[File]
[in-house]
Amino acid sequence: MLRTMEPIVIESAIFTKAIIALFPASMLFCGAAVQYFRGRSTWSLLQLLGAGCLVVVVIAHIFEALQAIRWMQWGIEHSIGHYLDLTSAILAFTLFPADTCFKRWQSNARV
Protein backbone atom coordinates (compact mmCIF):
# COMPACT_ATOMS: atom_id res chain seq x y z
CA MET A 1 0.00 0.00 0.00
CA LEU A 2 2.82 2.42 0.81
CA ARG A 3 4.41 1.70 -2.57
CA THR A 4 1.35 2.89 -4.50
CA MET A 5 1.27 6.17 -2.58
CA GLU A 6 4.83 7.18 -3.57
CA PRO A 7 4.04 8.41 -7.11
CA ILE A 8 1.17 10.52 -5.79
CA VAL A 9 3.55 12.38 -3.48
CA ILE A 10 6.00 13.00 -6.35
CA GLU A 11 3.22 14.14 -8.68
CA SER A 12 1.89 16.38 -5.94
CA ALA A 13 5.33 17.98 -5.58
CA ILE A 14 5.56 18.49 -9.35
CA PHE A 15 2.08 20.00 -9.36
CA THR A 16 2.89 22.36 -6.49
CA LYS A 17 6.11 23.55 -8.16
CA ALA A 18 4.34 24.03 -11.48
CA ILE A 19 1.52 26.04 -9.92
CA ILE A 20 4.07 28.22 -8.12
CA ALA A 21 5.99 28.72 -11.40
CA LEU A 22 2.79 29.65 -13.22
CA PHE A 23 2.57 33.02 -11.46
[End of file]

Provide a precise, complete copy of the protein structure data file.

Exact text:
[in-house]
Amino acid sequence: MLRTMEPIVIESAIFTKAIIALFPASMLFCGAAVQYFRGRSTWSLLQLLGAGCLVVVVIAHIFEALQAIRWMQWGIEHSIGHYLDLTSAILAFTLFPADTCFKRWQSNARV
Protein backbone atom coordinates (compact mmCIF):
# COMPACT_ATOMS: atom_id res chain seq x y z
CA MET A 1 0.00 0.00 0.00
CA LEU A 2 2.82 2.42 0.81
CA ARG A 3 4.41 1.70 -2.57
CA THR A 4 1.35 2.89 -4.50
CA MET A 5 1.27 6.17 -2.58
CA GLU A 6 4.83 7.18 -3.57
CA PRO A 7 4.04 8.41 -7.11
CA ILE A 8 1.17 10.52 -5.79
CA VAL A 9 3.55 12.38 -3.48
CA ILE A 10 6.00 13.00 -6.35
CA GLU A 11 3.22 14.14 -8.68
CA SER A 12 1.89 16.38 -5.94
CA ALA A 13 5.33 17.98 -5.58
CA ILE A 14 5.56 18.49 -9.35
CA PHE A 15 2.08 20.00 -9.36
CA THR A 16 2.89 22.36 -6.49
CA LYS A 17 6.11 23.55 -8.16
CA ALA A 18 4.34 24.03 -11.48
CA ILE A 19 1.52 26.04 -9.92
CA ILE A 20 4.07 28.22 -8.12
CA ALA A 21 5.99 28.72 -11.40
CA LEU A 22 2.79 29.65 -13.22
CA PHE A 23 2.57 33.02 -11.46